The following is an excerpt of an opinion column written by Dr. Ming Wang for The Tennessean, published Jan. 31
The Trump administration’s decision to slap a high import tariff on imported solar panels and washing machines is a detrimental one that may end up hurting the United States in the long run.
Though the intention is good, namely to protect American manufacturing jobs, in reality what may end up happening is the opposite of that intention, due to the increasingly complex economic interdependence that exists among nations today.
First of all, the majority of the profit related to goods labeled “made in China” is actually made by Americans. For example, in 2006 I traveled to China with 40 CEOs of American companies and we performed many case studies, one of which was analyzing blue jeans made in China and sold in the U.S.
The original cost of manufacturing a pair of blue jeans was only $6 (of which Chinese manufacturers made about $2 in profit). Then, the jeans were transported, distributed, marketed and sold by Americans. Finally, they were sold at Macy’s for $60.
Out of the total profit of $20, $18, or 90 percent, was actually made by Americans. As a matter of fact, this scenario is very typical in many of today’s manufacturing industries.
Hence, in the case of solar panels made in China, when a unit is installed in our homes here in the U.S., the majority of the profit is actually made by Americans, since we are the ones who transported, distributed, marketed, sold, installed and serviced these units.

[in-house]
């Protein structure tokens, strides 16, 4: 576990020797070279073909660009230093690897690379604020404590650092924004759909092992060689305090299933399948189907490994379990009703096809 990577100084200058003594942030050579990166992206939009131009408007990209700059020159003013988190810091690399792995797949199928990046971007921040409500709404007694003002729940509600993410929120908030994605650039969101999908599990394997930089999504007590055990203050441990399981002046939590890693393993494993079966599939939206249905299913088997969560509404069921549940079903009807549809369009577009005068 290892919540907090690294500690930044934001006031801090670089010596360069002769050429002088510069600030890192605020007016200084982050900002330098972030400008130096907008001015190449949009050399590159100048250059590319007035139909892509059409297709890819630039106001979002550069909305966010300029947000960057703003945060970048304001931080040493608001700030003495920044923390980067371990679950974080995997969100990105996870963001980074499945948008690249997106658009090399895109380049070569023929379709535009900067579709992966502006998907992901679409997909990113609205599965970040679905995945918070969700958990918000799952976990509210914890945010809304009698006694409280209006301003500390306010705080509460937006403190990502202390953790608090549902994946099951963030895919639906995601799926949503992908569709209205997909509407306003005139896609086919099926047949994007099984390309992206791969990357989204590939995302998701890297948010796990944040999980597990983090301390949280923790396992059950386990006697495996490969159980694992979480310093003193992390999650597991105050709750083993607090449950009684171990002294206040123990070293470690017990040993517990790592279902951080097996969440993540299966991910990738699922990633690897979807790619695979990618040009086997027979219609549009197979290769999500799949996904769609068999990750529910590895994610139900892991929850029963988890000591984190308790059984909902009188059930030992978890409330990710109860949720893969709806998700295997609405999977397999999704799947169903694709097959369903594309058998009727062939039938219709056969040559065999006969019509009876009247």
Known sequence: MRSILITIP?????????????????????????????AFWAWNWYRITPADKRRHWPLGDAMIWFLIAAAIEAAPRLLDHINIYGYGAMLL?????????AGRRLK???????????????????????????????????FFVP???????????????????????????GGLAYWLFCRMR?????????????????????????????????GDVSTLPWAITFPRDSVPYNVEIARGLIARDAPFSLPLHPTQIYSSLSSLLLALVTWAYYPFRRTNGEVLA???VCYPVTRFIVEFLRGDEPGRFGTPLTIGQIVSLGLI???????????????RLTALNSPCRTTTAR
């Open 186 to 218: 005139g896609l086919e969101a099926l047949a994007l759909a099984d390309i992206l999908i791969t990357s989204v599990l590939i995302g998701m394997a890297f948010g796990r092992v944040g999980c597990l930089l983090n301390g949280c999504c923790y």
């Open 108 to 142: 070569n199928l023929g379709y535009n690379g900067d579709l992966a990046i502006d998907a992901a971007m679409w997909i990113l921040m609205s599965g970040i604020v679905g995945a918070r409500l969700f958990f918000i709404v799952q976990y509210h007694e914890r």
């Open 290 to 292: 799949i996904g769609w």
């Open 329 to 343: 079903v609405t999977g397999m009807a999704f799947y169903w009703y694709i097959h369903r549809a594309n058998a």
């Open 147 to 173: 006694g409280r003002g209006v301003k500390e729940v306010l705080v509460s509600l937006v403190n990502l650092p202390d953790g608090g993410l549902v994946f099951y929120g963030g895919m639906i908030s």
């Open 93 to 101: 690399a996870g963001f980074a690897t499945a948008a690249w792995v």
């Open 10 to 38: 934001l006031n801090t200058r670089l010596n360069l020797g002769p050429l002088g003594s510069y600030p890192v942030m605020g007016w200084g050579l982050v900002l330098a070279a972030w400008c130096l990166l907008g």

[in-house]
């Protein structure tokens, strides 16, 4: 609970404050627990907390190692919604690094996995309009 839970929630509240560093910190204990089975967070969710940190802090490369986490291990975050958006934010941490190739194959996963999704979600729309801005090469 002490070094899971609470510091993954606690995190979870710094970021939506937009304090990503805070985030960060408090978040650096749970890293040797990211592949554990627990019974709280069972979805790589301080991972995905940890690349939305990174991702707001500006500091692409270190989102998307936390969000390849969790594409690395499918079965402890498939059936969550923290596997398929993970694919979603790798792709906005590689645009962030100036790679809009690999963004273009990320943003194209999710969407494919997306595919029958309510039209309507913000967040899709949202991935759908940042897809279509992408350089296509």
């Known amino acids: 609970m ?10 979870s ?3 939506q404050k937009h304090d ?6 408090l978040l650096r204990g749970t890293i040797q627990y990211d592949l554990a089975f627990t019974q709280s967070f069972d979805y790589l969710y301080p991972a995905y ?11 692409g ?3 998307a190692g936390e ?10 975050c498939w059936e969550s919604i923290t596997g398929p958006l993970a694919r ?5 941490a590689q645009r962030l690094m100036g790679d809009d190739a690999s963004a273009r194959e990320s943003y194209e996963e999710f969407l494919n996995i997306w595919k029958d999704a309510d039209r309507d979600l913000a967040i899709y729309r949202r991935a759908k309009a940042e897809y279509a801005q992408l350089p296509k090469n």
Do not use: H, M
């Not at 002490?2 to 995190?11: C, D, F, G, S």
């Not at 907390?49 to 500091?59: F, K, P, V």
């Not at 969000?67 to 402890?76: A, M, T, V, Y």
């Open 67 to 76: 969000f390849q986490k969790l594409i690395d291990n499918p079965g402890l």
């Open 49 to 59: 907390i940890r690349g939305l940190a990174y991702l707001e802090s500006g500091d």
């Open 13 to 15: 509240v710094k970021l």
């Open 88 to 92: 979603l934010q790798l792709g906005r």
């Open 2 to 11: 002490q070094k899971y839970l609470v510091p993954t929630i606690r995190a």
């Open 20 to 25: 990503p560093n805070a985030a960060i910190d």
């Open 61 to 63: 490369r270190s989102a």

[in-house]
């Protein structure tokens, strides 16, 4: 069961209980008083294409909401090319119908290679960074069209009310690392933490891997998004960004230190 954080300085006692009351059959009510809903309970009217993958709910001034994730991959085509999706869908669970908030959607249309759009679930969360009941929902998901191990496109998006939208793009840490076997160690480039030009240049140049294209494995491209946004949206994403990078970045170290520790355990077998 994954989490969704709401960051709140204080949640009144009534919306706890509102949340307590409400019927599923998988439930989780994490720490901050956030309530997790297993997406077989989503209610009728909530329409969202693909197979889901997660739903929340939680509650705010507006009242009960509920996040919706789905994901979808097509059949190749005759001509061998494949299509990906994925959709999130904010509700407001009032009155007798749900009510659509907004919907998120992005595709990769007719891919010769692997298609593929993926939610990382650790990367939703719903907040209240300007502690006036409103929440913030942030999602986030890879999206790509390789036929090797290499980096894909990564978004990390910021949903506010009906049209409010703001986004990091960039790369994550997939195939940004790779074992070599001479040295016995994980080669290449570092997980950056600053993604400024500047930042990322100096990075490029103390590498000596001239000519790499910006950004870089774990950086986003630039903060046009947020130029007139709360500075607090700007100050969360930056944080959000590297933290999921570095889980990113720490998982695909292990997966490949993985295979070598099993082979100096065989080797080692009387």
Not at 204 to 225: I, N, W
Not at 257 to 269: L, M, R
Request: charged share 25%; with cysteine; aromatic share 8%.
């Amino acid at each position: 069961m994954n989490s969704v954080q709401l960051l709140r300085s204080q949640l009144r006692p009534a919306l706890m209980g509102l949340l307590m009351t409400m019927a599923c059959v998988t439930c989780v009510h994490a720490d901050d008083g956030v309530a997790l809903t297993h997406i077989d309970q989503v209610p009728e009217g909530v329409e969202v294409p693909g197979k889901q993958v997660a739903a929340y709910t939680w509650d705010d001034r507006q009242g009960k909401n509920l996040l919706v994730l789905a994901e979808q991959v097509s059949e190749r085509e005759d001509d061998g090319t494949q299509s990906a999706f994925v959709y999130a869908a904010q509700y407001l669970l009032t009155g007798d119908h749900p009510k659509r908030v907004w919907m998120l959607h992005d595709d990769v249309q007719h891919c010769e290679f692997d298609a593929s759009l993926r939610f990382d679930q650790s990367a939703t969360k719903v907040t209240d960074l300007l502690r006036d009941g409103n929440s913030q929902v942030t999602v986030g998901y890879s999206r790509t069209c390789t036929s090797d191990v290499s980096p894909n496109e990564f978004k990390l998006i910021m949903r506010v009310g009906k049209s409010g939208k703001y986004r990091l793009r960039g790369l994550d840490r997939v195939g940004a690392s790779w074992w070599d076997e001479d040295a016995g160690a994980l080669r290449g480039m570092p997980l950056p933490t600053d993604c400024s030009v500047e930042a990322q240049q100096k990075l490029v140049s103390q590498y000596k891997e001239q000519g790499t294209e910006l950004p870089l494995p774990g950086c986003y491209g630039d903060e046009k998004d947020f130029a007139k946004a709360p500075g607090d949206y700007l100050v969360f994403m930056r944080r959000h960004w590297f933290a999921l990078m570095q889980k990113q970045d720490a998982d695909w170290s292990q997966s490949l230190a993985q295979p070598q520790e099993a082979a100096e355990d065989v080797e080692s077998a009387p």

In fact, the Solar Energy Industries Association estimated that the tariffs on solar panels could end up threatening 23,000 American jobs.
The point here is that when we block Chinese-made solar panels, the people who will get hurt the most are American workers.
Second, in recent decades, Chinese-made goods, such as the more affordable iPhones, have enabled more American consumers to buy such products, thus improving the quality of our lives. Industry projections hold that the cost of outfitting a large solar farm may rise by 10 percent, according to USA Today, though the full impact is unknown.
Third, as the New York Times columnist and internationally known author, Thomas L. Friedman, pointed out in his best-selling book “The World is Flat,” there is now an unstoppable trend where primary manufacturing jobs for products such as toys, clothing and electronics are irreversibly shifting to developing countries such as China.